The survey ultimately aims to increase towards 400,000 individuals, the Department of Health and Social Care said.
The expansion will see 150,000 people tested per fortnight by October and the survey will be extended to cover Scotland, Wales and Northern Ireland.
Mr Hancock said: “We are developing the capacity to test for coronavirus on an unprecedented scale and undertaking one of the biggest expansions of surveillance testing we have ever seen.
“This ONS survey will be a crucial part of this work – improving our understanding of the rate of infection in the population and how many people have antibodies.
“This will allow us to further narrow down the areas potentially affected by local outbreaks and continue our fight to curb the spread ahead of winter.
“The data and insight gathered will help inform our national, regional and local responses to the pandemic, allowing this nation to get back to the things we love doing.”
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7.30am update: Local lockdown would be ‘catastrophic’
Oldham council leader Sean Fielding has warned that a local lockdown in the town would be “really catastrophic” as he urged ministers not to impose one.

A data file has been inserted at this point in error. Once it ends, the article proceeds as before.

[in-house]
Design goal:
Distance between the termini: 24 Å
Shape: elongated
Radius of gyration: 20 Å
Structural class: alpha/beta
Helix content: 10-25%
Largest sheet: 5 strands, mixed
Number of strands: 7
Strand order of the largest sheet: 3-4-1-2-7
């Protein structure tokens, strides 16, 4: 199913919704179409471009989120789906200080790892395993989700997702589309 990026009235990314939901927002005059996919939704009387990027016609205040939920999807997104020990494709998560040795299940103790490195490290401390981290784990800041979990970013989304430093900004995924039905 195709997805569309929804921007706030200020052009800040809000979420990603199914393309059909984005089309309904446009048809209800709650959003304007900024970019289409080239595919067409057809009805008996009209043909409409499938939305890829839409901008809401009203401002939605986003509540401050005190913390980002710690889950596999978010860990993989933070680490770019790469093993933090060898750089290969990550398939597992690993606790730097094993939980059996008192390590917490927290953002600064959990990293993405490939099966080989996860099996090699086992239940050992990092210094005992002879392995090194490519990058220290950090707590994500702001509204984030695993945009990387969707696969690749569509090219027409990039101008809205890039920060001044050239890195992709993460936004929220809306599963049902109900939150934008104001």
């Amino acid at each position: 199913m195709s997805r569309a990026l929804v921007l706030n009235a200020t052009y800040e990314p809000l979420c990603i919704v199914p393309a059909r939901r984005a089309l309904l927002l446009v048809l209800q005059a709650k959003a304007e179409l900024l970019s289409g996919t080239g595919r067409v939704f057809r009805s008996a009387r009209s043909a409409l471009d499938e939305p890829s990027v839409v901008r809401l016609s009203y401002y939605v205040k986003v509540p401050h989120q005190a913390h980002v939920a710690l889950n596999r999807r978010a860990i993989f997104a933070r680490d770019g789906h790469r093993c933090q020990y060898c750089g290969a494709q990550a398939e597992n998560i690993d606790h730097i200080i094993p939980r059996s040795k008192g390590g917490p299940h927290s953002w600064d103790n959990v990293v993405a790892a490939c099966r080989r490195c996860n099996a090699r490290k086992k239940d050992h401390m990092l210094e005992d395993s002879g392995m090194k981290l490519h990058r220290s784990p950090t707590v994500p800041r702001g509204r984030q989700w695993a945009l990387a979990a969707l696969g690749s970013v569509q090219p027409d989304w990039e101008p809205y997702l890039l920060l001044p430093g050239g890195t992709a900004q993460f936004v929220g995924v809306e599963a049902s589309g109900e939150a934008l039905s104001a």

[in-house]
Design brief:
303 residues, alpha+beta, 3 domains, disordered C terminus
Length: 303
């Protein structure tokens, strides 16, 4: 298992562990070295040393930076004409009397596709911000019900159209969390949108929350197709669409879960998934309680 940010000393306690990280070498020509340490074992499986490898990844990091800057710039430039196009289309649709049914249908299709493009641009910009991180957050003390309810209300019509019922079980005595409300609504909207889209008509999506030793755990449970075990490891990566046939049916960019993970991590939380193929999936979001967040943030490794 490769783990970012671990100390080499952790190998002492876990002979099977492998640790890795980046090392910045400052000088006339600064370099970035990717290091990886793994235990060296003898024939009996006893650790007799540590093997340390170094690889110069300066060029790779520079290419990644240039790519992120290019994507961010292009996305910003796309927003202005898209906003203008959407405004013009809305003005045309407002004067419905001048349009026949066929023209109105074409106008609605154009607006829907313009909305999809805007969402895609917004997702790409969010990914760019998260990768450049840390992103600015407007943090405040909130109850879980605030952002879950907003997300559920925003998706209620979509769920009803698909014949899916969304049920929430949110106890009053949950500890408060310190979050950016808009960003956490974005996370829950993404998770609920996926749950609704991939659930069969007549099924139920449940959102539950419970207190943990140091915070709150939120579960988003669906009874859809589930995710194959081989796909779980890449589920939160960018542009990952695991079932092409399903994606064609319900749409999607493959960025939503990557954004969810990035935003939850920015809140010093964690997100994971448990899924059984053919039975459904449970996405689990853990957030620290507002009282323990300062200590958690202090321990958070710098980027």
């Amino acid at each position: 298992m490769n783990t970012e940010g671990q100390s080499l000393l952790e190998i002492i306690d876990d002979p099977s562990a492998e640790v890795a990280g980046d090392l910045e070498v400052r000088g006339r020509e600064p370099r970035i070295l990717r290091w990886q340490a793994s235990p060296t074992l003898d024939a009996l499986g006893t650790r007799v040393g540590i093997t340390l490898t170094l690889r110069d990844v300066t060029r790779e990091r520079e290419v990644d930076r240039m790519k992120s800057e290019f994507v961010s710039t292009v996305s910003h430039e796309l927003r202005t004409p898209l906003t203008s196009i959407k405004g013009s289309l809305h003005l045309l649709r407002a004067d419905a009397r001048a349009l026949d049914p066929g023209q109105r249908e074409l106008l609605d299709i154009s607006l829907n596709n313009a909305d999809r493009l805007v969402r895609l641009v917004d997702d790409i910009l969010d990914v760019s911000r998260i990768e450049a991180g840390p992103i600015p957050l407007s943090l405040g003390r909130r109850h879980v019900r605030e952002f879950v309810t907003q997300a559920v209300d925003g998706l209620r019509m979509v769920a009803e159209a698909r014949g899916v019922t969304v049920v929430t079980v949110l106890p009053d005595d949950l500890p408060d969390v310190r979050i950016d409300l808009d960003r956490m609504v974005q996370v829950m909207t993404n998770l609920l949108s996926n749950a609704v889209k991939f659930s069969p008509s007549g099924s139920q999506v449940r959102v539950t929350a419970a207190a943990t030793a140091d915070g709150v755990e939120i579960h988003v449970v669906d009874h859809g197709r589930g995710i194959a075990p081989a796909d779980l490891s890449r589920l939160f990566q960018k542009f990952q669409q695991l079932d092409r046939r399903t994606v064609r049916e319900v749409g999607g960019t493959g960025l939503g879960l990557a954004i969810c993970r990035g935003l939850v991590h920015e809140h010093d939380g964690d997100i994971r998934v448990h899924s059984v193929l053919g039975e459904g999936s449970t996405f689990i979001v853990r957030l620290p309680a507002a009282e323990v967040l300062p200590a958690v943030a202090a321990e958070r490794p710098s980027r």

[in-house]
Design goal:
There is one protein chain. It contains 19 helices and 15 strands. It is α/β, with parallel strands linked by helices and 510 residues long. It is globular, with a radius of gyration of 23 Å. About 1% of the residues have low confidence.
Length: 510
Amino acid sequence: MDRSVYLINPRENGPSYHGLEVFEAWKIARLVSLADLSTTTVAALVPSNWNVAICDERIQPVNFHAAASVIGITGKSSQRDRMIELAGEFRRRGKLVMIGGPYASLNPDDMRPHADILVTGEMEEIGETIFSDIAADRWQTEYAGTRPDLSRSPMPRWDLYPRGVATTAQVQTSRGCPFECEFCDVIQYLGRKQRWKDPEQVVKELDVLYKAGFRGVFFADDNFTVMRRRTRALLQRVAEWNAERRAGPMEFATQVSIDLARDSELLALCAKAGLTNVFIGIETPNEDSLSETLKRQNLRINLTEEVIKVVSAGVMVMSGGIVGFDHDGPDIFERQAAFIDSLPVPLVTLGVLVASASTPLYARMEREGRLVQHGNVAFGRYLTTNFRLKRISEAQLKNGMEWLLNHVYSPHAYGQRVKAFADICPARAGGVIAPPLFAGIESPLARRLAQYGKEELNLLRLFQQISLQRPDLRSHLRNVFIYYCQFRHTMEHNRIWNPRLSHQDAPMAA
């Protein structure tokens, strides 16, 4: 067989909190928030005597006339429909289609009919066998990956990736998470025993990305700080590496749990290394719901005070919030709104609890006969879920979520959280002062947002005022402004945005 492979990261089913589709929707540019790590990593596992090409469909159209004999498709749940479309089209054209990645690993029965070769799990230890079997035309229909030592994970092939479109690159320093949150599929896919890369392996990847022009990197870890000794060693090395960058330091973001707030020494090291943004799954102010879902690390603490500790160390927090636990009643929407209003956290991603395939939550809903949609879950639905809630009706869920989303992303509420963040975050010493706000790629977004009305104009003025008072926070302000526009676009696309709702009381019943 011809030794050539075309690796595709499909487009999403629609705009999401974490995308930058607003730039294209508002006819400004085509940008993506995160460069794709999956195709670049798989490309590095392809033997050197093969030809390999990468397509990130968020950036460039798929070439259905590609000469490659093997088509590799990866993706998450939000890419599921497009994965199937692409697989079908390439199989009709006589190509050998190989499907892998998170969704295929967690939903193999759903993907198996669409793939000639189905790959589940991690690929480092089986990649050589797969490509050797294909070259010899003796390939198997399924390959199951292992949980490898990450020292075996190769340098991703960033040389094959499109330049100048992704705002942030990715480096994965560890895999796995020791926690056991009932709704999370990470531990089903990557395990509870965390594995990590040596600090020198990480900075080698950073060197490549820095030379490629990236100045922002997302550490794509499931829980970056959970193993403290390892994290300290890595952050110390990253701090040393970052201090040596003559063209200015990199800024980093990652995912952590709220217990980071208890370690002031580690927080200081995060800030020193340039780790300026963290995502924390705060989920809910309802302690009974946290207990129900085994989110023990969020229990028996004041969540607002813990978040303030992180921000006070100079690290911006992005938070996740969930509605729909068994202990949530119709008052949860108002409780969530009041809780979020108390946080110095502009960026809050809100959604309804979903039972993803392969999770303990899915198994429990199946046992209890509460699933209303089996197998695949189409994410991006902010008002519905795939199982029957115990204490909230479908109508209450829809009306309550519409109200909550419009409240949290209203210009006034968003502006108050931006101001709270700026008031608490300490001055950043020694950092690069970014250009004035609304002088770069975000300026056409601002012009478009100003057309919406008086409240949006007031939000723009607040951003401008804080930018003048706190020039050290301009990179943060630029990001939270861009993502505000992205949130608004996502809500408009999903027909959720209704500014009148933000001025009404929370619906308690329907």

The Labour councillor told BBC Radio 4’s Today programme that the “raw numbers” may suggest the town is similar to Leicester at the point it was put into local lockdown.
He said: “However we’re strongly making the case up here in Oldham that would not be the right solution for the wave of the pandemic that we’re seeing in Oldham,” he said.
Mr Fielding argued “household transmission” is driving infections in Oldham, most cases are among the working age population and there is little increase in hospital admissions or deaths.
7.25am update: Germany says vaccines could start in 2021
The head of Germany’s vaccines regulator said people could be vaccinated early next year against the coronavirus that has killed almost 800,000 worldwide and wreaked havoc on the global economy.
More than half a dozen drugmakers around the world are conducting advanced clinical trials, each with tens of thousands of participants, and several expect to know if their COVID-19 vaccines work and are safe by the end of this year.
Klaus Cichutek, head of the Paul Ehrlich Institut, told the Funke group of newspapers that data from Phase I and Phase II trials showed some vaccines triggered an immune response against the coronavirus.
He said: “If data from Phase III trials shows the vaccines are effective and safe, the first vaccines could be approved at the beginning of the year, possibly with conditions attached.”